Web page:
Nadja: Skin Turns To Glass CD review

[This was supposed to run in Houston Press, but it didn’t. So I’m running it here because it’s a great record.]

Originally released as an obscenely-limited-edition CD-R in 2003 (120 copies were pressed by Belgian label Nothingness), Skin Turns To Glass is one of several early, out-of-print recordings by Montreal ambient-doom duo Nadja that has been re-recorded and reissued over the past couple of years. With so many metal-leaning doom and drone artists exploring the power of heavy simplicity, Nadja nonetheless stands out as an exceptional act. With shimmering keyboard washes glinting off the crashing low-end churn, the mood that Nadja evokes is much less that of an emotional holocaust than it is a transcendent majesty. The three main tracks on Skin are relentlessly heavy, gelatinously revealing their structural complexities over the course of 50 continuous minutes. (An untitled bonus track clocks in at nearly a half-hour, and is mostly unrelated sonically to the rest of the disc.) Vocals are buried in a curious way that splits the difference between black metal and shoegazing, leaving the cyclical, low-octave bass-and-guitar dirge to slowly – very slowly – drive the proceedings. As usual, Nadja proves that it’s possible for doom-metal to be beautiful and effective without losing any of its gut-wrenching power.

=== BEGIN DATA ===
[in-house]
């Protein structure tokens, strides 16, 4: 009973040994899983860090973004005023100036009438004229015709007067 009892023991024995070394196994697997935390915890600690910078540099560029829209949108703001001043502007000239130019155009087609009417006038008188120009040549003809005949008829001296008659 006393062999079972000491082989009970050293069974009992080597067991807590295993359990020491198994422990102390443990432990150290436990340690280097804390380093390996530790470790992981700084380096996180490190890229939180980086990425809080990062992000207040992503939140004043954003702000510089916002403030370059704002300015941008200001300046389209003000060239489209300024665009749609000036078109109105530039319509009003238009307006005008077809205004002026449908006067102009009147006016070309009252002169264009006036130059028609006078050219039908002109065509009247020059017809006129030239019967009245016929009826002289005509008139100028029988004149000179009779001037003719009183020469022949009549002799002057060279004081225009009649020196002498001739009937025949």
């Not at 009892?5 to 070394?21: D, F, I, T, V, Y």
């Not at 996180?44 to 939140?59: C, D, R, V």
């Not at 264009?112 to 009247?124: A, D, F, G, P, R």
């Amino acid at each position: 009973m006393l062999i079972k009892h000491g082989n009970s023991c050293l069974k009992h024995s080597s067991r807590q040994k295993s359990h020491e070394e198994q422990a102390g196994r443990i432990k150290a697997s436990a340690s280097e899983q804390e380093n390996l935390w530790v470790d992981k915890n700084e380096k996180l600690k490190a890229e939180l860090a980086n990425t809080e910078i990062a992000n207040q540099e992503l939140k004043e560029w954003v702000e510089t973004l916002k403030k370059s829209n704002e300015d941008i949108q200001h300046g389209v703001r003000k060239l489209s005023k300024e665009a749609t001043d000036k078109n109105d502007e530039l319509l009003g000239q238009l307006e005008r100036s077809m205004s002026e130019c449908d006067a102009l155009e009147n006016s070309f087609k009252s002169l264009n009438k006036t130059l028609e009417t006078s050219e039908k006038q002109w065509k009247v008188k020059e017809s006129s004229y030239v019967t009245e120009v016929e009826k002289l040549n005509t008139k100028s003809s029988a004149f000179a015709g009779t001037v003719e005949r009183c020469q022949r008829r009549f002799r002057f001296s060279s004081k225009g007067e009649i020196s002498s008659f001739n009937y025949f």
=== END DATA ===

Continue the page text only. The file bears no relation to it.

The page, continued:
Buy this CD at


One response to “Nadja: Skin Turns To Glass CD review

  1. Metal forever \m/

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